Cultivating awareness of one’s body, mind and present environment is a mindfulness technique that has therapeutic benefits for a wide range of conditions and disorders. Mindfulness can help to:
- Reduce anxiety and stress
- Help to treat depression
- Help to treat addiction
- Reduce blood pressure
- Reduce acute and chronic pain
- Enhance overall wellbeing
Mindfulness work is an essential part of Buddhist practice and involves paying attention, moment-by-moment, without judgment and with acceptance, to everything that is happening both within and around us. The concept and practice of mindfulness has been around for thousands of years in Eastern cultures. However, it is only recently that Western medicine has started to research and discover the myriad of improvements to physical and psychological health associated with its practice.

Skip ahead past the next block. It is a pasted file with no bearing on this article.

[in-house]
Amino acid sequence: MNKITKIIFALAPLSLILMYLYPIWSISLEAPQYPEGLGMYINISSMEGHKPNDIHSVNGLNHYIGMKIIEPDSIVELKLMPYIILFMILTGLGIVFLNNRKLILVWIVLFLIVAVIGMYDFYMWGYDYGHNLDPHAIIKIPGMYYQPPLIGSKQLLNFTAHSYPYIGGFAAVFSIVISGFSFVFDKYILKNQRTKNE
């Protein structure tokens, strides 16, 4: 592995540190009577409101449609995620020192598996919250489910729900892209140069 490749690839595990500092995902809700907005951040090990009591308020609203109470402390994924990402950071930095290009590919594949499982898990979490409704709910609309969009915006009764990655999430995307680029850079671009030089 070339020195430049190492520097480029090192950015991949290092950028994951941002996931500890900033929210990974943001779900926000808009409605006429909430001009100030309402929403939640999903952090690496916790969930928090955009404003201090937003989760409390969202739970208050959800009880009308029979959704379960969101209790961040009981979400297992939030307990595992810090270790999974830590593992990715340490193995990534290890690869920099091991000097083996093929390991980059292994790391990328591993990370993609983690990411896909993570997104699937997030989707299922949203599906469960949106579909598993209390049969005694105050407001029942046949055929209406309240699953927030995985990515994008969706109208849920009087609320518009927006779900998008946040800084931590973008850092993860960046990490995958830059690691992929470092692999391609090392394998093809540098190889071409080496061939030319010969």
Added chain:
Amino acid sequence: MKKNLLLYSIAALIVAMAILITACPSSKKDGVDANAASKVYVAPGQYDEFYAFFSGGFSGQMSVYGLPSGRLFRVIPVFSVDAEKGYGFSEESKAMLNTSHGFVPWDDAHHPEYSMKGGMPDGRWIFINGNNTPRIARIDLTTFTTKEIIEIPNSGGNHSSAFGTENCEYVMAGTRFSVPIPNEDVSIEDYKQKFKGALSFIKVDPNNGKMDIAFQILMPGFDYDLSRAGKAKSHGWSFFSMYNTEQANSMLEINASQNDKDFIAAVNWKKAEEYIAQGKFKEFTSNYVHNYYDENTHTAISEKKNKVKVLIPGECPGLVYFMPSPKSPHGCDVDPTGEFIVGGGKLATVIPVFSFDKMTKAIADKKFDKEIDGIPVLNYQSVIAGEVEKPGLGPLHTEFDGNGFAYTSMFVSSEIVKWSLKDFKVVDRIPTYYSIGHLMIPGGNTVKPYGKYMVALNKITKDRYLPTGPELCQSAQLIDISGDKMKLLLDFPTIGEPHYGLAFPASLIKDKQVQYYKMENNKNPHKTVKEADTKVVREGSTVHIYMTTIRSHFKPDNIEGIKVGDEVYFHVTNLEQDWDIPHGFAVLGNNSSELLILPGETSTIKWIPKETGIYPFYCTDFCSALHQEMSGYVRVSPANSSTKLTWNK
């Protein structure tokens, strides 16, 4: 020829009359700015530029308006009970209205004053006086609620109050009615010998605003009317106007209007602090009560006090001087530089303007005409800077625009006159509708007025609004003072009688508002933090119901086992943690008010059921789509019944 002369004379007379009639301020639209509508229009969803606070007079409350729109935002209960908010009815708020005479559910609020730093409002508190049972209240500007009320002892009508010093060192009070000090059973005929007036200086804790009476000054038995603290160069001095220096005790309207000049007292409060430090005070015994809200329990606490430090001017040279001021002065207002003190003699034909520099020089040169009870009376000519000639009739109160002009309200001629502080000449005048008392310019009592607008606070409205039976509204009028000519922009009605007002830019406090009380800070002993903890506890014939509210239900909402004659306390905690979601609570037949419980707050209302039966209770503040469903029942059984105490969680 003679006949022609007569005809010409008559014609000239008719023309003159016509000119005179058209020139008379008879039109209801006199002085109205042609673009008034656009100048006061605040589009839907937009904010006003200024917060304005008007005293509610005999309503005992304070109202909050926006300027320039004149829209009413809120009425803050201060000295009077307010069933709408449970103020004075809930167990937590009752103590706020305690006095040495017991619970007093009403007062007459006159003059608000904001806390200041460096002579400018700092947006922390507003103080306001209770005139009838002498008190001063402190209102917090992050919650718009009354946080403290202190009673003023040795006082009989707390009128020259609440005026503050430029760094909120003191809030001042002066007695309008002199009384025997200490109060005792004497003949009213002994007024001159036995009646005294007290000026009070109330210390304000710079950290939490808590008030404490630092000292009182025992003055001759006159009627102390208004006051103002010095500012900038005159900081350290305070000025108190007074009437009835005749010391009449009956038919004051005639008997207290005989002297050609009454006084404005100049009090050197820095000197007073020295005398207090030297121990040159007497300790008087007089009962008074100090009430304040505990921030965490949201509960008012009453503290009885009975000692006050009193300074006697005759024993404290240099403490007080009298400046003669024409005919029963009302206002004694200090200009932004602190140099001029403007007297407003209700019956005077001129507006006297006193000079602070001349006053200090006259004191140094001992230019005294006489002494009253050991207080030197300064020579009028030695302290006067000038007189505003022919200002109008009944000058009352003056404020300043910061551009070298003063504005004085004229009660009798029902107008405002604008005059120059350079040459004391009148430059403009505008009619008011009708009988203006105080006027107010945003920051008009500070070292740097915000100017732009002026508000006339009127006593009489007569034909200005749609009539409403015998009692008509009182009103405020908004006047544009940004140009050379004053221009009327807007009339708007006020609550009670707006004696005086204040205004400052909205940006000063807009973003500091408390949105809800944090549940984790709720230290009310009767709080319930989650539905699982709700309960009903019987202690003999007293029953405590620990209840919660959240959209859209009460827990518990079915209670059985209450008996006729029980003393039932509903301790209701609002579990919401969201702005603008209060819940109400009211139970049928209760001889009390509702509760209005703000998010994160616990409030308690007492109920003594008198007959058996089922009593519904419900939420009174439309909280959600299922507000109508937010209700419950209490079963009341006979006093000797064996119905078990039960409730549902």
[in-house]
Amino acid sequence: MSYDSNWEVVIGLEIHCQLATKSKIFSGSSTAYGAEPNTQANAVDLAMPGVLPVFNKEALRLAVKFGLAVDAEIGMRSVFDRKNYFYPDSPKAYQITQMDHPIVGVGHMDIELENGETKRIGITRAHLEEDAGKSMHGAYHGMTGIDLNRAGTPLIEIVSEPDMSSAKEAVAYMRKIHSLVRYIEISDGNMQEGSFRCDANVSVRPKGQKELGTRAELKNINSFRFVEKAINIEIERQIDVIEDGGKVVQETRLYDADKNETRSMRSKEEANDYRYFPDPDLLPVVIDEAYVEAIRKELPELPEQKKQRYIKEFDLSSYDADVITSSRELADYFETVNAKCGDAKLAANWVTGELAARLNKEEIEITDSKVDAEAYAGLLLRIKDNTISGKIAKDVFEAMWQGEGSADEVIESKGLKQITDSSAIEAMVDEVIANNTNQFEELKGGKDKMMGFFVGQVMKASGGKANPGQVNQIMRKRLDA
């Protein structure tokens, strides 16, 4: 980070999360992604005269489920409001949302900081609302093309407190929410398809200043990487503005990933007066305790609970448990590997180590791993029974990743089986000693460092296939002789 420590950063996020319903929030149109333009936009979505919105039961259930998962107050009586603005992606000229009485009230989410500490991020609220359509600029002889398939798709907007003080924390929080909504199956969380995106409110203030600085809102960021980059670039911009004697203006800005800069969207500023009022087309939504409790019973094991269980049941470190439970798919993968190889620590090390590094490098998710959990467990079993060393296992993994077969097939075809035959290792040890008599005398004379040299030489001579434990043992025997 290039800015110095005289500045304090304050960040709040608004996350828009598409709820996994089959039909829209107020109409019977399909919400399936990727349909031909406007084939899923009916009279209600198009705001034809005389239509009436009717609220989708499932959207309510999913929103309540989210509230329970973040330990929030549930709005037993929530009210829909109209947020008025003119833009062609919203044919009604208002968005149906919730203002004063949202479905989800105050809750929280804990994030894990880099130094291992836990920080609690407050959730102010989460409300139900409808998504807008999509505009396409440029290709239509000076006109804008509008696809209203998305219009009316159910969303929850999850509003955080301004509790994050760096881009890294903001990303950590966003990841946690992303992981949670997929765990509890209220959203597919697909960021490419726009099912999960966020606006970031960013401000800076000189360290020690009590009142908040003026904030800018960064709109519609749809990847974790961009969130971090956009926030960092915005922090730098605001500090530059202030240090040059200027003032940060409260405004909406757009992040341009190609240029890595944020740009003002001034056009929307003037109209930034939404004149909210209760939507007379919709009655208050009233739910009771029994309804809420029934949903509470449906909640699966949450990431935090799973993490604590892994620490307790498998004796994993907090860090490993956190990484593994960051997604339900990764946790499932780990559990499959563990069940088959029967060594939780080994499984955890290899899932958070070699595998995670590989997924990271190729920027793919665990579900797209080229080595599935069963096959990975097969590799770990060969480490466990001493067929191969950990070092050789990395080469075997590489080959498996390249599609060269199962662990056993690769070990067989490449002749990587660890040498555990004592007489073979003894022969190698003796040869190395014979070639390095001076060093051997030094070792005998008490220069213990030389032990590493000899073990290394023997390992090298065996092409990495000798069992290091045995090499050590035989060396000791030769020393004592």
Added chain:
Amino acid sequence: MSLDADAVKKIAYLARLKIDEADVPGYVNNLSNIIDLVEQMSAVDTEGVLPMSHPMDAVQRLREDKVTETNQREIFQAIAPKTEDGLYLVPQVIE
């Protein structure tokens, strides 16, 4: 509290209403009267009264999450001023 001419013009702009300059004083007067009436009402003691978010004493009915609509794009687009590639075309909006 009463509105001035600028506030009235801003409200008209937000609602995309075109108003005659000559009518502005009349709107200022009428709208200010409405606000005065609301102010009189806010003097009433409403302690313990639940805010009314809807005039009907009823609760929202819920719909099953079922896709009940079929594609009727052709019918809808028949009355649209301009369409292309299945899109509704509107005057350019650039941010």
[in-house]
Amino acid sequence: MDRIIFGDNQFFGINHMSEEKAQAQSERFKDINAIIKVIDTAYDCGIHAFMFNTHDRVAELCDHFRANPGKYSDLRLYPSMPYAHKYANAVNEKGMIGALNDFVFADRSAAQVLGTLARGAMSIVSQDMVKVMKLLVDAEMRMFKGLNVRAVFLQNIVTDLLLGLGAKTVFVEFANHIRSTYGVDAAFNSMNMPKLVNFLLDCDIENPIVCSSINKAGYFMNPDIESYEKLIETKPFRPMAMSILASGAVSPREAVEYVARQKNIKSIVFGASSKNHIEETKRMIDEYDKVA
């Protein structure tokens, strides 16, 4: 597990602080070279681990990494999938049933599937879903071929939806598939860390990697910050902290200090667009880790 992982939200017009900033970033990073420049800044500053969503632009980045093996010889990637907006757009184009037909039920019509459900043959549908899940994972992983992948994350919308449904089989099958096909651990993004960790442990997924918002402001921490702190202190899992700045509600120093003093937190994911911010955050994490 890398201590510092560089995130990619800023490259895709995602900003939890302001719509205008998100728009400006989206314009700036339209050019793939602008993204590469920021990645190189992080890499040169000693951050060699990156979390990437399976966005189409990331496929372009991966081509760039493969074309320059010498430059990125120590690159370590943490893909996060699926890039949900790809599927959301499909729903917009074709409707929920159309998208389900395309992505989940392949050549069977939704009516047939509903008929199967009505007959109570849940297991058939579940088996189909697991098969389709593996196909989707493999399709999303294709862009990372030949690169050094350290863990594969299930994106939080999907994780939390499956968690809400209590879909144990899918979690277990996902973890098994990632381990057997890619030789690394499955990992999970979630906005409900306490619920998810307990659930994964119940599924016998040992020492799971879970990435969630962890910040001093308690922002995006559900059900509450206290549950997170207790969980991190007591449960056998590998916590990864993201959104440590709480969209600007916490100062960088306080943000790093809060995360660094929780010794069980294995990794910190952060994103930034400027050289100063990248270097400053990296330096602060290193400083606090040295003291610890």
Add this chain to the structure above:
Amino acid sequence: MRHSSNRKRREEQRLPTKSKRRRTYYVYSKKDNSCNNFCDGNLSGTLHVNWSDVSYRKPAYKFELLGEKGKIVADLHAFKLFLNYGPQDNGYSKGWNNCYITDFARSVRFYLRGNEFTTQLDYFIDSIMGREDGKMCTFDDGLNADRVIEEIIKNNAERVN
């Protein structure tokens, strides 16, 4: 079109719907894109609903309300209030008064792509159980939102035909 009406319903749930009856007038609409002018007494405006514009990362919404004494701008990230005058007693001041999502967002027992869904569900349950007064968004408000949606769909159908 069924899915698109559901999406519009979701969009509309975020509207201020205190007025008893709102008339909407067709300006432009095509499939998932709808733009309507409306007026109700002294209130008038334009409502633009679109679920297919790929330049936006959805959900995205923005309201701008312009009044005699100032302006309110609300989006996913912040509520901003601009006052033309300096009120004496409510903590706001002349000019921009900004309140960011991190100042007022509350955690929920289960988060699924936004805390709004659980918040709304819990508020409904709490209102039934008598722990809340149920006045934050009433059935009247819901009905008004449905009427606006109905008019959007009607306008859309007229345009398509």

The benefits of mindfulness
The benefits associated with mindfulness are thought to derive from enhancing one’s ability for attention regulation, body awareness and emotional regulation. Furthermore, it is thought to expand consciousness, leading to enhanced feelings of well-being.
By practising mindfulness, clients achieve more awareness of the present moment and learn to become more aware of the presence of negative, dysfunctional thoughts and destructive feelings. Only when an individual becomes aware of something can they begin to change.
Mindful awareness is often a big step in recognising where problems or difficulties exist, and how to address them. Such awareness is essential, since so many of us spend the majority of our lives on “automatic pilot” mode, completely unaware of who we are and why we behave the way we do.